The Blank Canvas of Networked Capital, or, Another Look at the Whiteboard

Image from dry-erase company ideapaint

When architects look at the built environment today, it can't help but be with profound misgivings. They're still working on projects, but the most ambitious designers are concentrating on building out, rather than building up, on moving people through interfaces rather than cities. Foundations and blueprints are replaced by schematics and entity relationship maps: architectures not of form, but of information. The fundamental unit of design isn't so much a site as it is a platform. And today, engineering a new society involves relentless ideation, a messianic vision, and—most crucially—a whiteboard.

"Whiteboarding," used as a verb, is a sort of lingua franca of the technologist—a new international style that reconstitutes the very assumptions of digital design, from interfaces and software diagrams to database structures. Though not new, this apparatus has recently become associated with a new kind of creative, a new type of thinker/tinkerer, and thus the whiteboard takes on new meaning vis-a-vis the economy, privilege, and power. Used and abused, it is a significant artifact of the present age of networked capital. If we were to construct a museum-like period room to represent the tech start-up of the new millennium, its walls would be whiteboards.

Network diagrams, interface mockups, and data models are just a few of the more popular subjects that have helped install the whiteboard as a staple of the high-tech office environment. Now, the whiteboard is ubiquitous not only in big technology firms, but more specifically in the small startup operations whose seeds of disruption are planted in dry erase marker. Few offices exist without them, but in the breakneck world of the digital startup, they're more than just prevalent: they form the very DNA of the organization.

What is on the whiteboard is less interesting than the behavior it generates. The whiteboard's contents appear precisely because they will soon be obsolete, deprecated, upgraded, and abandoned. The social bodies it distributes, however, which run the gamut from institutions and law, markets and exchanges, remain. Like Utopia, the whiteboard charts that which can only ever disappear—not a real landscape, but a figment of a collective imagination, the new work of capitalism.

No one seems to be sure exactly when the whiteboard arrived in the office. Sometime in the 1970s, there was a waning of enthusiasm for the chalkboard, its direct predecessor. Chalk dust bothered some students, and likewise was unwelcome inside the clean corporate aesthetic that emerged alongside the renaissance in management ideology during the 1970s. One could speculate that the whiteboard emerged as a welcome apparatus in what Luc Boltanski and Eve Chiapello have termed "The New Spirit of Capitalism:" the lean, networked system that attempted to synthesize the lessons of "68" by adopting flat organization, autonomy, and an ethos of teamwork. 

But why is this the case? The whiteboard is open, exploratory; it is weak in its commitments but bold in its designs. If the chalkboard is didactic and pedagogical, the whiteboard is a liberated zone for "ideation" whose markings do less to edify than to solve the problems they simultaneously invent.

The whiteboard is defined by what it does not show. The bold and economical line of the whiteboard marker is a visual manifestation of the values of the innovator: a momentary stage for the most audacious founder's vision. Its clean white slate creates a sort of vacuous political economy, depicting not bureaucracy, government regulations, nor—critically—human labor.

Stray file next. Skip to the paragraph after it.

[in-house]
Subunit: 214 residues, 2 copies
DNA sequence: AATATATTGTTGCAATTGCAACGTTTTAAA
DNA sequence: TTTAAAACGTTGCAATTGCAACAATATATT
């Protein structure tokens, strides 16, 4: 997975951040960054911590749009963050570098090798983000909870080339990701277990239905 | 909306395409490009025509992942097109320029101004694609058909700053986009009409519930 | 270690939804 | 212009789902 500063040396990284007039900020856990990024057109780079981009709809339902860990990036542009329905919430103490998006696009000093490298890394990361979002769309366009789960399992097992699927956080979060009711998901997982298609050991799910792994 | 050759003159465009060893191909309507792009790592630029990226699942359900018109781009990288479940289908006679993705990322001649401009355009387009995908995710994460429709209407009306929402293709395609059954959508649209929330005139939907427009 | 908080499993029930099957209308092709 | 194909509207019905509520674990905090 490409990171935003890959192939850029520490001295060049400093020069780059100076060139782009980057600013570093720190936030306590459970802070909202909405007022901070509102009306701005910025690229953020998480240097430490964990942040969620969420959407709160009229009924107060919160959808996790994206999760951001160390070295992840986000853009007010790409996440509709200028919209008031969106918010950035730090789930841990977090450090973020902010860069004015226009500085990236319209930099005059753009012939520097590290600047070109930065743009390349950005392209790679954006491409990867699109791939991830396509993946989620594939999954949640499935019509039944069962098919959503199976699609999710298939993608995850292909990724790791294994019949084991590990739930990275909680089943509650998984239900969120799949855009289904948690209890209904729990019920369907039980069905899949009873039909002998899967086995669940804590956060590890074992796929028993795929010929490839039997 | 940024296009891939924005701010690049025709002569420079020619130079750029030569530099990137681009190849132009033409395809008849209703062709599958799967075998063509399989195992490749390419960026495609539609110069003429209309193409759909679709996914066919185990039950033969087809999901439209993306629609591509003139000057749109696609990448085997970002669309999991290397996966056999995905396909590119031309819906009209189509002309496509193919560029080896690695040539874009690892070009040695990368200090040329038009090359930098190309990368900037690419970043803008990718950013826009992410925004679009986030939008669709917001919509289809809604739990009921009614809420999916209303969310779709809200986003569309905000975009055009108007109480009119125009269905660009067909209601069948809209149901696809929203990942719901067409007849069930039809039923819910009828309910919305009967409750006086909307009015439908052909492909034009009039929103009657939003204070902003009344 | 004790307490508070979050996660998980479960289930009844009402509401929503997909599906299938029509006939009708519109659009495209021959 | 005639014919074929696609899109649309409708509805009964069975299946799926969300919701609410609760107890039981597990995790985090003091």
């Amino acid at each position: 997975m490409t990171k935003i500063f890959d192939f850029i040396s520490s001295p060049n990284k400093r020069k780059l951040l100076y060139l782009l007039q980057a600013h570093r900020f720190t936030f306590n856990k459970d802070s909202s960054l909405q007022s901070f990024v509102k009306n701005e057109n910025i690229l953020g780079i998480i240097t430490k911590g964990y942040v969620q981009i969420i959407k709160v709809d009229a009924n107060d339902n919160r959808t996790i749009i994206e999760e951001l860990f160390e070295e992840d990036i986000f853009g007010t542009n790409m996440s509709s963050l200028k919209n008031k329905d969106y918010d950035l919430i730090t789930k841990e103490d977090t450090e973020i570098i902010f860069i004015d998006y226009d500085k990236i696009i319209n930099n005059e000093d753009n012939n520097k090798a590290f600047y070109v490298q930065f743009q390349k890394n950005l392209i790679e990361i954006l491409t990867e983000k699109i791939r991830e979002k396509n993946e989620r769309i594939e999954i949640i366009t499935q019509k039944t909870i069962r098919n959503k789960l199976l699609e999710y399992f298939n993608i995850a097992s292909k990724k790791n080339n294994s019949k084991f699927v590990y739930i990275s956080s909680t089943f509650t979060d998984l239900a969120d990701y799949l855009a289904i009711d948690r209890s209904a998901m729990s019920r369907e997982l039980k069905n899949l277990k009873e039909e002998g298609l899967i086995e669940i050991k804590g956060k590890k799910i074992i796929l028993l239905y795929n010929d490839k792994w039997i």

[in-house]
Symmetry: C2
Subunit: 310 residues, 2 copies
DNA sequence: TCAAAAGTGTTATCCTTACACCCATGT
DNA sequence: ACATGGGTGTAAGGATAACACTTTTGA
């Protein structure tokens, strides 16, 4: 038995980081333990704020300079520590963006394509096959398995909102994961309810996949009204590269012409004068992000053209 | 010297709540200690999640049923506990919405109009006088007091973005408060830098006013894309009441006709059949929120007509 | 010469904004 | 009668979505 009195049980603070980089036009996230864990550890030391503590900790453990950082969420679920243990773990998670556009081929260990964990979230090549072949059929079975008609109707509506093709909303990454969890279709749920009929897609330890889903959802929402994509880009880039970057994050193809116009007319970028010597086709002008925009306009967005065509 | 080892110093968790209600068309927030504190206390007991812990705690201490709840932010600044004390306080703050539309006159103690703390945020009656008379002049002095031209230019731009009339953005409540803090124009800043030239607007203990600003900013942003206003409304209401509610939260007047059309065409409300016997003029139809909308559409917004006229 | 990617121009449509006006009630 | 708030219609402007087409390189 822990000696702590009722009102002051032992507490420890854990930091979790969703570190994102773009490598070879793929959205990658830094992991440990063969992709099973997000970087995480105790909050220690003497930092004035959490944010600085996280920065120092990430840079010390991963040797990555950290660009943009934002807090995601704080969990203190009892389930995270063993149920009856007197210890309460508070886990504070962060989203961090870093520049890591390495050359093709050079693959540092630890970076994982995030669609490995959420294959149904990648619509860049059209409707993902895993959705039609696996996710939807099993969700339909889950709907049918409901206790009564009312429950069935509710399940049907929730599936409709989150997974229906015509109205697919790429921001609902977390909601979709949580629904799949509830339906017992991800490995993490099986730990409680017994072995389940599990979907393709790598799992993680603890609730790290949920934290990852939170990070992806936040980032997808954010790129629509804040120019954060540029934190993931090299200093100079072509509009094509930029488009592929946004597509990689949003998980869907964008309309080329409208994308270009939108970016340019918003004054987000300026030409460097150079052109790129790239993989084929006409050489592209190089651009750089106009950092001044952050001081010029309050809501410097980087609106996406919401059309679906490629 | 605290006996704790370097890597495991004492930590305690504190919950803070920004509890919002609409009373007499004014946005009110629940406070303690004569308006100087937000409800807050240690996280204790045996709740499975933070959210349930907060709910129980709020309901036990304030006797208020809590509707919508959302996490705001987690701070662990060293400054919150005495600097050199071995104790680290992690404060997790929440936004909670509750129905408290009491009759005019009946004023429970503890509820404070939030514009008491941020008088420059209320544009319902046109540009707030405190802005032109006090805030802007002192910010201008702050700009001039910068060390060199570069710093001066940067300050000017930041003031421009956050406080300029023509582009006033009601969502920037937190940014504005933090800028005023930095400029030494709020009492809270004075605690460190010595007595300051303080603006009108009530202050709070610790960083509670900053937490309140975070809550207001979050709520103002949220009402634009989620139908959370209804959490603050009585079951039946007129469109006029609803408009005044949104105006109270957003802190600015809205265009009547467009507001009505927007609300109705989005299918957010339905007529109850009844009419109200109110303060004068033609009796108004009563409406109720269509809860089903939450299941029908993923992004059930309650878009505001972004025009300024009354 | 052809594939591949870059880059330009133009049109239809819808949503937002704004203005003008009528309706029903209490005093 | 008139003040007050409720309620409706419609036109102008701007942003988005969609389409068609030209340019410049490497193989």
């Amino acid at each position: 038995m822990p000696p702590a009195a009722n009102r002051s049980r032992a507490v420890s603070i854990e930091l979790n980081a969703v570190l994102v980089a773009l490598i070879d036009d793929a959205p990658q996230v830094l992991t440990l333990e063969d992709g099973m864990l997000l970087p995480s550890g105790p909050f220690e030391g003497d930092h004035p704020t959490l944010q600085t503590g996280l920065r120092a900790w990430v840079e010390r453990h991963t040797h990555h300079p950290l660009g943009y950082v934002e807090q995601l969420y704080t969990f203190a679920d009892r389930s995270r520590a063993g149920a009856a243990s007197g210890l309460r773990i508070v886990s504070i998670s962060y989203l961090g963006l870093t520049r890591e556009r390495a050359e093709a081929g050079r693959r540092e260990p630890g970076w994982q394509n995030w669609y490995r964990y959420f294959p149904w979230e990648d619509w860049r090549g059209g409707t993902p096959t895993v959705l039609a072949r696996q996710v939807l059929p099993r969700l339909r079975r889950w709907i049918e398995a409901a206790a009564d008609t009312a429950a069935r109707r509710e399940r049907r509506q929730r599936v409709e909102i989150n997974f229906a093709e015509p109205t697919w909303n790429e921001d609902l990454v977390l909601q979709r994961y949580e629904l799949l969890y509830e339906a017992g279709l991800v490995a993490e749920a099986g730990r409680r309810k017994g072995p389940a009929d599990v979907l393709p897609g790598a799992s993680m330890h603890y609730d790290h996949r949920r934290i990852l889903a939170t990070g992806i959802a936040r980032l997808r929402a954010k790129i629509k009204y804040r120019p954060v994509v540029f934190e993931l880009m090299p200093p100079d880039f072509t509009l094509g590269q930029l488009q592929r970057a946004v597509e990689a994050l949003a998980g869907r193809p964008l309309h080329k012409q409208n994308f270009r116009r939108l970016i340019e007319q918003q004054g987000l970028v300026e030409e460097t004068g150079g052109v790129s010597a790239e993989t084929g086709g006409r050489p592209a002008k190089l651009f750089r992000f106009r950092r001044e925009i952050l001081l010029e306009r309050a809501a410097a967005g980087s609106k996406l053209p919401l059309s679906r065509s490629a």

Image from Veber hosting solutions

As many an inked hand attests, the content of the whiteboard appears and disappears whenever inspiration strikes. Its designs have short lifespans, their utility measured with each new scrum, ideation session, or team lunch. Putting in time with a whiteboard is a constant rehearsal, an ever-renewing production to re-mythologize one's management vision, even if it's tackling a mundane problem.

The good founder will use the whiteboard to articulate almost any idea. 

When you walk through the open office plan of an incubator, co-working space, or quirky startup office, the whiteboard functions as an open demonstration of solutionism and productivity. The whiteboard says "Hey, come look what we're working on!" from a group of would-be founders who are never more than 3 months away from a VC pitch.

Using a whiteboard is always a performance. It does not inscribe authority, but erects a  power-knowledge system that makes abstract concepts seem concrete, where you can present mere ideas as monetizable. It is a visible symptom of a focused collective imagination increasingly structured around software interfaces. Connections are APIs, gateways are logins, and the content is data. One always arrives at a blank whiteboard already knowing one will leave with a solution. On the whiteboard, things just appear to make sense.

If something like the 16th-Century tapestry implied an institutionalization of its patrons through myth and fantasy, then today the neoliberal technologist uses the whiteboard to collaborate their way to an even grander hyper-fiction, to instantly traverse new speculative landscapes whose rules and structures can be remodeled on the fly. However, the whiteboard swathes itself in the same rhetoric as the sharing economy—collaborative, flat, democratic. Anyone can walk up and inscribe themselves into the organization. The whiteboard is a tool for crisis, for change, loose affinities and cool collectivities, for historical fabric defined by onboarding new users and meted out in disruptions. In the age of the instant entrepreneur, it's our blank canvas.


Idea paint @Paypal